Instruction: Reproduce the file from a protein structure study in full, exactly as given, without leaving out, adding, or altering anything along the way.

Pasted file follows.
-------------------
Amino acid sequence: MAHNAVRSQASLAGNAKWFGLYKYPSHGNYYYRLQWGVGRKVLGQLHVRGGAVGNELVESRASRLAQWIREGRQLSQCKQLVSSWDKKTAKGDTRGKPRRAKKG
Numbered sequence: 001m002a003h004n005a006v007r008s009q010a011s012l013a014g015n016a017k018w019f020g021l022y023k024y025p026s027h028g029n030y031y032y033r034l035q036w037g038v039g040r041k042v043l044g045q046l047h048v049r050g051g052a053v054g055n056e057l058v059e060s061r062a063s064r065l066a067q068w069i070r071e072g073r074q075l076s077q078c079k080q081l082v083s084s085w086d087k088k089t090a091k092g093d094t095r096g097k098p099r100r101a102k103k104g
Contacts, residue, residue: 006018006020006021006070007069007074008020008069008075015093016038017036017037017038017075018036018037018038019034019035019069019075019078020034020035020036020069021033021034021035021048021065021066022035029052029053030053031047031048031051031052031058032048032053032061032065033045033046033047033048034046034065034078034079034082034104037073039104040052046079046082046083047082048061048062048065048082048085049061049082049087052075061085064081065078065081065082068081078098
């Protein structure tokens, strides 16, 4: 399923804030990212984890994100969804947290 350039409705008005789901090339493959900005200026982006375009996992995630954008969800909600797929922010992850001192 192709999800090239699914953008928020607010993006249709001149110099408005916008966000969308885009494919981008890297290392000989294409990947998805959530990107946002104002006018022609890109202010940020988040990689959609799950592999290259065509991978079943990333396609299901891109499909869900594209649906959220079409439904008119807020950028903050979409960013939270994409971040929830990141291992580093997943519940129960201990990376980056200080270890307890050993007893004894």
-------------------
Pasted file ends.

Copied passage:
Amino acid sequence: MAHNAVRSQASLAGNAKWFGLYKYPSHGNYYYRLQWGVGRKVLGQLHVRGGAVGNELVESRASRLAQWIREGRQLSQCKQLVSSWDKKTAKGDTRGKPRRAKKG
Numbered sequence: 001m002a003h004n005a006v007r008s009q010a011s012l013a014g015n016a017k018w019f020g021l022y023k024y025p026s027h028g029n030y031y032y033r034l035q036w037g038v039g040r041k042v043l044g045q046l047h048v049r050g051g052a053v054g055n056e057l058v059e060s061r062a063s064r065l066a067q068w069i070r071e072g073r074q075l076s077q078c079k080q081l082v083s084s085w086d087k088k089t090a091k092g093d094t095r096g097k098p099r100r101a102k103k104g
Contacts, residue, residue: 006018006020006021006070007069007074008020008069008075015093016038017036017037017038017075018036018037018038019034019035019069019075019078020034020035020036020069021033021034021035021048021065021066022035029052029053030053031047031048031051031052031058032048032053032061032065033045033046033047033048034046034065034078034079034082034104037073039104040052046079046082046083047082048061048062048065048082048085049061049082049087052075061085064081065078065081065082068081078098
């Protein structure tokens, strides 16, 4: 399923804030990212984890994100969804947290 350039409705008005789901090339493959900005200026982006375009996992995630954008969800909600797929922010992850001192 192709999800090239699914953008928020607010993006249709001149110099408005916008966000969308885009494919981008890297290392000989294409990947998805959530990107946002104002006018022609890109202010940020988040990689959609799950592999290259065509991978079943990333396609299901891109499909869900594209649906959220079409439904008119807020950028903050979409960013939270994409971040929830990141291992580093997943519940129960201990990376980056200080270890307890050993007893004894």